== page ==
In the automotive lighting business, this applies to light guides in headlamps and rear lamps as well as in interior functional and decorative lighting systems. A lot of new adaptive driving beam (ADB) headlamp modules are built on LED arrays in which each chip is separately tunable. For obtaining maximum light on the street, a light guide matrix can be used to collect the light of each single chip and to pre- or even finally shape the light distribution for the street. Such an array is produced as one part with optical and additional non-optical elements, e.g. wings for clamping the part into the holder. The advantage of having everything built into one component is, of course, the very precise and reliable spacing between the single light guides.

Another big application area for light guides is the stage lighting industry. Common moving head systems must provide homogeneous light fields with variable spot sizes and switchable colors. One optical solution is the combination of multi-color (RGBW) LEDs together with light guides and movable projection lenses for zoom functionalities. In this case, light guides are particularly needed for mixing the different color spectra of the LED chips via multiple total internal reflections. State-of-the-art color LEDs are typically using 4 to 9 different color chips, so that their finally mixed color can be adjusted almost over the complete visible spectral range. Thus, additional cost-intensive parts like color filters/ wheels are becoming obsolete.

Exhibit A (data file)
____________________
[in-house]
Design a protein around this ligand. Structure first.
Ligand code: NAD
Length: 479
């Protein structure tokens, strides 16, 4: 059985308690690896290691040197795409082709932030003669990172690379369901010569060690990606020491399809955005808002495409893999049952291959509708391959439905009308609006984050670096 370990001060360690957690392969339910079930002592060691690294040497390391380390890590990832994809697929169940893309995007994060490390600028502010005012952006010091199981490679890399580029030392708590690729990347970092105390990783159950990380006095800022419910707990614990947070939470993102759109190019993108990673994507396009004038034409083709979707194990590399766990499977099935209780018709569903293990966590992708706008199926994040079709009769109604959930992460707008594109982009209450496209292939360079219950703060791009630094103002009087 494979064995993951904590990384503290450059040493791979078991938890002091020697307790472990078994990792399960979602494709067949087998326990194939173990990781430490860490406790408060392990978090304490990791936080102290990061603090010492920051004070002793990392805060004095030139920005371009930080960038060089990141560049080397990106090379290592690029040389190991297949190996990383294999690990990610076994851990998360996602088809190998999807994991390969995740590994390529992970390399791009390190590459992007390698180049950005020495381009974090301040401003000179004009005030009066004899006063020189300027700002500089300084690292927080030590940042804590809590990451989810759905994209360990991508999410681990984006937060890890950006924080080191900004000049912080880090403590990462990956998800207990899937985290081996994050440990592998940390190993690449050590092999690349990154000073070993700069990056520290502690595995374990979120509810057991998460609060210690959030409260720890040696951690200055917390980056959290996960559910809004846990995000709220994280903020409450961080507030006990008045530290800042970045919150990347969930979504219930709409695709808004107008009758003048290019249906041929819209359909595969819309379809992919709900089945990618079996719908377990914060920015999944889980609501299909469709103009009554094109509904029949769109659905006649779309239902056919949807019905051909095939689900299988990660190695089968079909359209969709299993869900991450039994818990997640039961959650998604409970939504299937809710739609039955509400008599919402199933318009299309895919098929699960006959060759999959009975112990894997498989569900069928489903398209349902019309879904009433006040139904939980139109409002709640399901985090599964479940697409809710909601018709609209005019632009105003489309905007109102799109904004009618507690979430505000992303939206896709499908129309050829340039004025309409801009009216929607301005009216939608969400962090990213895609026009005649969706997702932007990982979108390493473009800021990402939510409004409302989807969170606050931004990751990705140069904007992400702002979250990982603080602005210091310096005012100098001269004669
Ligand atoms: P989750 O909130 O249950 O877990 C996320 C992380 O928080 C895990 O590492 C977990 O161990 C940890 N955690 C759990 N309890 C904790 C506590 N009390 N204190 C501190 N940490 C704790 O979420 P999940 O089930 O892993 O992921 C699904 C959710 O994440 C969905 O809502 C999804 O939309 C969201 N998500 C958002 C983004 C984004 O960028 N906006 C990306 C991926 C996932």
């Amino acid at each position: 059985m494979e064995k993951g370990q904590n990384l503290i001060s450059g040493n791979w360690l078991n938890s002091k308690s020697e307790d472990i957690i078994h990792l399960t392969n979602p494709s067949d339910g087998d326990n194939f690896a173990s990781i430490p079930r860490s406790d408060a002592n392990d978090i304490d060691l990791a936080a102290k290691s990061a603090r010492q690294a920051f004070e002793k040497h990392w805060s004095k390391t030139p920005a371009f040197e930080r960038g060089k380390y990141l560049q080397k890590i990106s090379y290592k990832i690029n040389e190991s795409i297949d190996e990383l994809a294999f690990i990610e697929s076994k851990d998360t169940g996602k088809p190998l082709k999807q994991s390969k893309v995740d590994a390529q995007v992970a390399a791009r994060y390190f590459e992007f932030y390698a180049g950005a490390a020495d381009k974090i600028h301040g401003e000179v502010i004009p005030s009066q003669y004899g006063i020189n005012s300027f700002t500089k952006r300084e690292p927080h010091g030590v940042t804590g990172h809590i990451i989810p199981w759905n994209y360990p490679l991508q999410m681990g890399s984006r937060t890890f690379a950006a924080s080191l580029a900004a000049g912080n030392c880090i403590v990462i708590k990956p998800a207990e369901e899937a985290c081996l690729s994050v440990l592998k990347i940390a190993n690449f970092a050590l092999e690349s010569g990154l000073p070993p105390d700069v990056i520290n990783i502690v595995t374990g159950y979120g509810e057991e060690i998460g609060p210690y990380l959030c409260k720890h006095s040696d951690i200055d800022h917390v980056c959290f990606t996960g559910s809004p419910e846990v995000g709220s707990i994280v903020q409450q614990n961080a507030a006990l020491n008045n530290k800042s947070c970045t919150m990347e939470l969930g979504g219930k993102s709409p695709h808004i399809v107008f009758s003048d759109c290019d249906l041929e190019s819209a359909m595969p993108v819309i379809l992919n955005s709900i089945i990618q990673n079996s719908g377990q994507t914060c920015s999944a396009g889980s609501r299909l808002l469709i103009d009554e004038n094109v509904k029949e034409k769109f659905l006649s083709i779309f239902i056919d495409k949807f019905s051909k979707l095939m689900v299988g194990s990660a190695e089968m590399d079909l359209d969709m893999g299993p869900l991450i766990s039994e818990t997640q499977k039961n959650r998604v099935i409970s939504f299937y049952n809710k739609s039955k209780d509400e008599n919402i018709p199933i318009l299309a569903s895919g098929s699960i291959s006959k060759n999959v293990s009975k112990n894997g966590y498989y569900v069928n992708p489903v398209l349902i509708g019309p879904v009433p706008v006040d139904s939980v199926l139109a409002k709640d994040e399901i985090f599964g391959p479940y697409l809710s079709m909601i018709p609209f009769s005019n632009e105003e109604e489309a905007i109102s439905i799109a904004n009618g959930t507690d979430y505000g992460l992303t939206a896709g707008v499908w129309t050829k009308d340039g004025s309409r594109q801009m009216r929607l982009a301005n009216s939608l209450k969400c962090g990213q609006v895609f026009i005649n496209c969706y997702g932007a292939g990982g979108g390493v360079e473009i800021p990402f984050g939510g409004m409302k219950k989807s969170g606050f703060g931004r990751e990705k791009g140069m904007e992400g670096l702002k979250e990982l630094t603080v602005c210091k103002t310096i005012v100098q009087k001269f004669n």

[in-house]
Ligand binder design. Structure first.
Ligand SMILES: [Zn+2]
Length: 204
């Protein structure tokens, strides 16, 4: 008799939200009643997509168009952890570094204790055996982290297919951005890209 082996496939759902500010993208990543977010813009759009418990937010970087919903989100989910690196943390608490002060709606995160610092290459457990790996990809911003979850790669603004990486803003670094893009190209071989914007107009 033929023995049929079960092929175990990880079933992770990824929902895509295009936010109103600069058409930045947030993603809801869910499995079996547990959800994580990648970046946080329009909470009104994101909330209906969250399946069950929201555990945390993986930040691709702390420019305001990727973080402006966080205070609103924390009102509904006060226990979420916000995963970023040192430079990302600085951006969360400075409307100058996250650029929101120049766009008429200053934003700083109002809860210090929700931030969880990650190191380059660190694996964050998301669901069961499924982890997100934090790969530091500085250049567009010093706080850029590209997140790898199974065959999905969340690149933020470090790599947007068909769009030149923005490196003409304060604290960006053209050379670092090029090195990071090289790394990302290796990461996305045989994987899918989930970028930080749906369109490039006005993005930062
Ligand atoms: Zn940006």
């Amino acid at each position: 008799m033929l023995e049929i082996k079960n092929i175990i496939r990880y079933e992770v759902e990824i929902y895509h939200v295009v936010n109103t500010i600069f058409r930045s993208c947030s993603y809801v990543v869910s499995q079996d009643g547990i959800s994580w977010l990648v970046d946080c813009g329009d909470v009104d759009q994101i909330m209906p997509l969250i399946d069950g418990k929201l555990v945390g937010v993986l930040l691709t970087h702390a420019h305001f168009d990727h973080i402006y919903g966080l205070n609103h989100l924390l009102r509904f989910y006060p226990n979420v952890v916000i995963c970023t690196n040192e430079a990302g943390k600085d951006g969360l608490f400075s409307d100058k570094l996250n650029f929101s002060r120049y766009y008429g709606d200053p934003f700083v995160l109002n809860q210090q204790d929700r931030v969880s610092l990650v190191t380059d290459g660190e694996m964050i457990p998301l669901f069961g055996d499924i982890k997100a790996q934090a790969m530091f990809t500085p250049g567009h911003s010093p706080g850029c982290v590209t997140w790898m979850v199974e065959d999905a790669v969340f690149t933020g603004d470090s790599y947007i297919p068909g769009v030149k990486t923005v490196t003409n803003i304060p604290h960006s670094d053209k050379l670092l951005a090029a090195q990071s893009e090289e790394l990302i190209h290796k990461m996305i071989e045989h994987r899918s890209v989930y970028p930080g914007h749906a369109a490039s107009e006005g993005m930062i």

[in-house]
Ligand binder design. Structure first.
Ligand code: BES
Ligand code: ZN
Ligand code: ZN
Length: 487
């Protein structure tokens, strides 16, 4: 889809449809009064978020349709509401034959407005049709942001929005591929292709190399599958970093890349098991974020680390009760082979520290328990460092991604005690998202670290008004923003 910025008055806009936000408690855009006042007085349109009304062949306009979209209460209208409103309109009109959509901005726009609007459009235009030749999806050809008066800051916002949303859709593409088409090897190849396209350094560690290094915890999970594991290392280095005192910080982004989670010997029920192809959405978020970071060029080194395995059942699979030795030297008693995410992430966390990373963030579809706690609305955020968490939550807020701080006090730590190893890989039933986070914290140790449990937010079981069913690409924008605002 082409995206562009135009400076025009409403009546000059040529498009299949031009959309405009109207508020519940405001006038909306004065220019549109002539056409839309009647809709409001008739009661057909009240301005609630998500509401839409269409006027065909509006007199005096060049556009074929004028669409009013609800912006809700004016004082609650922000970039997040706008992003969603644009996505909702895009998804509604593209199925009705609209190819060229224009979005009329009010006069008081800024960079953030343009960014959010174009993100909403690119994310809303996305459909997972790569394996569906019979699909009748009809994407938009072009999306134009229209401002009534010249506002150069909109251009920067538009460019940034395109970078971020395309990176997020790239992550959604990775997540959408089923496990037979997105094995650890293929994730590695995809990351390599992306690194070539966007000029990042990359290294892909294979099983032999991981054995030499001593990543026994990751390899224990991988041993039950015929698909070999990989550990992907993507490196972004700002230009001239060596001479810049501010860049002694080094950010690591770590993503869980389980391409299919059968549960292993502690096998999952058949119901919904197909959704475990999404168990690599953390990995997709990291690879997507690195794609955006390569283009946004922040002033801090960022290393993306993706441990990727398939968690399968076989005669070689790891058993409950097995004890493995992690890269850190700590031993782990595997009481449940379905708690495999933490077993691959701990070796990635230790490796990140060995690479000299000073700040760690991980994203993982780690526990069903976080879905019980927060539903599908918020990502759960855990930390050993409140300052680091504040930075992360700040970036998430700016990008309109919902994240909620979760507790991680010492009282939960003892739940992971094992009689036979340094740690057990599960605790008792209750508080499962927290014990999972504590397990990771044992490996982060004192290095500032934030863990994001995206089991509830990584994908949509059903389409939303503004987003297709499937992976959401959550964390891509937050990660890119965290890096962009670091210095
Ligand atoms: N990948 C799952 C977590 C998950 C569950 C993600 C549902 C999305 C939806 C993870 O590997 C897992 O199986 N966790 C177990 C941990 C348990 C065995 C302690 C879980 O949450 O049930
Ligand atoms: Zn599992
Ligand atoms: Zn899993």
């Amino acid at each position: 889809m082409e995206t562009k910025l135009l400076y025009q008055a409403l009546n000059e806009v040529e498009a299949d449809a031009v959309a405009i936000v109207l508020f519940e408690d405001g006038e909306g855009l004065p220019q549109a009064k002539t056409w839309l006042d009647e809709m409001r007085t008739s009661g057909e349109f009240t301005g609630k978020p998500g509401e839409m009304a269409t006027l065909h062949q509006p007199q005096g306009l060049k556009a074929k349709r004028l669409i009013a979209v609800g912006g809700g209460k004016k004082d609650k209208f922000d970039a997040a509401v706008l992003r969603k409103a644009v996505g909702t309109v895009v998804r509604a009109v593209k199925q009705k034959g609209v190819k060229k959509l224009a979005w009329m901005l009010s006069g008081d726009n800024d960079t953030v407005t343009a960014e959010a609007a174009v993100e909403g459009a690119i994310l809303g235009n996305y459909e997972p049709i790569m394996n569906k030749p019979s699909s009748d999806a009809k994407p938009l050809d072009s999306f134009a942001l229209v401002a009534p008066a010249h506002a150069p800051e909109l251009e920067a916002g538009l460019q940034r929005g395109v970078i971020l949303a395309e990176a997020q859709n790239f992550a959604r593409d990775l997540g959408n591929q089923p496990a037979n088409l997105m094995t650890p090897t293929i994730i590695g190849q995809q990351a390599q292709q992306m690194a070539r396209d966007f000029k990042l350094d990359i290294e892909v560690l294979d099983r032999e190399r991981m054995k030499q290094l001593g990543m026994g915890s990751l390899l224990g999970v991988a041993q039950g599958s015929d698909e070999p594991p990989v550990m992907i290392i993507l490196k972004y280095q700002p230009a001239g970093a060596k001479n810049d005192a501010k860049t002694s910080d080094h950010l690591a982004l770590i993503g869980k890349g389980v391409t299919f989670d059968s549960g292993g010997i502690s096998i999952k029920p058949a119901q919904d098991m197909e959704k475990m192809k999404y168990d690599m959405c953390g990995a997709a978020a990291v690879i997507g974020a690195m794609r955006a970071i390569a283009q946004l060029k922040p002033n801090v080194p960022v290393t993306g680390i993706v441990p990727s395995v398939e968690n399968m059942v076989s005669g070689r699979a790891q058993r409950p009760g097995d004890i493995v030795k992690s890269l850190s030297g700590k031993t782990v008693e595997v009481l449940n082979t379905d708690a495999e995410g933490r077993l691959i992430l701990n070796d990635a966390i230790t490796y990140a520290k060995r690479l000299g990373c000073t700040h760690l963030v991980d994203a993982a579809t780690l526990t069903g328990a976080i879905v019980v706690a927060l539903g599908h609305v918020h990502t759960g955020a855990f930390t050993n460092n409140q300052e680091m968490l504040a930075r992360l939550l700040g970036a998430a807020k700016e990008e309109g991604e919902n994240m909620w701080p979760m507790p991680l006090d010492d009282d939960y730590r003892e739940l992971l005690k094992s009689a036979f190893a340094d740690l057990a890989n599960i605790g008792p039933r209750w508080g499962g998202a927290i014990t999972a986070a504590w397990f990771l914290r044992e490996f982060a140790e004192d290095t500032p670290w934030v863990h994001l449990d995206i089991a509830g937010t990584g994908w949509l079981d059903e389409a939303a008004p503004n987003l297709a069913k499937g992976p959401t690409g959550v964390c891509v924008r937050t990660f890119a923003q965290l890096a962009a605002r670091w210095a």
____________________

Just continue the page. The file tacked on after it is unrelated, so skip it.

Basics

Working principle
The working principle of a light guide can easily be explained by using the simplest geometry as an example: a solid rod consisting of three perfectly smooth surfaces: two parallel surfaces, one being the light entrance and one the light exit plane, and the extruded surface that occurs when both plane geometries are being connected.

The main physical principle for light mixing with a light guide is the total internal reflection (TIR). Light rays inside the optics incident to a side wall (material-to-air boundary) are total internally reflected when their incident angle exceeds a material dependent critical angle with respect to the normal to the surface (Figure 1). The refractive index, n₁, on the other side of the boundary therefore needs to be lower, which is given in case of air as the surrounding medium.